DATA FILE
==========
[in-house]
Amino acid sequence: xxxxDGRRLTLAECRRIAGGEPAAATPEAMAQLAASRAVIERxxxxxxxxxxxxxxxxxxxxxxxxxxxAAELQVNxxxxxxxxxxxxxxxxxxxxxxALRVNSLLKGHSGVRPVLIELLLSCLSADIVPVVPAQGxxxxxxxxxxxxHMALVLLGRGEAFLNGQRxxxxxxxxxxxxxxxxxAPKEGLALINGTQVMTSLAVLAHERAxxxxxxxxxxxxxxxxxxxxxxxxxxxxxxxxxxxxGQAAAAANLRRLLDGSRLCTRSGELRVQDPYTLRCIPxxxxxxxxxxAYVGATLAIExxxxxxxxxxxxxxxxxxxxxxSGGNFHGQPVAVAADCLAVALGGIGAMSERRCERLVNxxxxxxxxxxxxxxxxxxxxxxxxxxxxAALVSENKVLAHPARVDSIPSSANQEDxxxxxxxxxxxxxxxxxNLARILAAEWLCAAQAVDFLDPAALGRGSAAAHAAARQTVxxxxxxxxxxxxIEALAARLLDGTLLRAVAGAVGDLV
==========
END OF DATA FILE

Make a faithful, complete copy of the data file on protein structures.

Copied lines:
[in-house]
Amino acid sequence: xxxxDGRRLTLAECRRIAGGEPAAATPEAMAQLAASRAVIERxxxxxxxxxxxxxxxxxxxxxxxxxxxAAELQVNxxxxxxxxxxxxxxxxxxxxxxALRVNSLLKGHSGVRPVLIELLLSCLSADIVPVVPAQGxxxxxxxxxxxxHMALVLLGRGEAFLNGQRxxxxxxxxxxxxxxxxxAPKEGLALINGTQVMTSLAVLAHERAxxxxxxxxxxxxxxxxxxxxxxxxxxxxxxxxxxxxGQAAAAANLRRLLDGSRLCTRSGELRVQDPYTLRCIPxxxxxxxxxxAYVGATLAIExxxxxxxxxxxxxxxxxxxxxxSGGNFHGQPVAVAADCLAVALGGIGAMSERRCERLVNxxxxxxxxxxxxxxxxxxxxxxxxxxxxAALVSENKVLAHPARVDSIPSSANQEDxxxxxxxxxxxxxxxxxNLARILAAEWLCAAQAVDFLDPAALGRGSAAAHAAARQTVxxxxxxxxxxxxIEALAARLLDGTLLRAVAGAVGDLV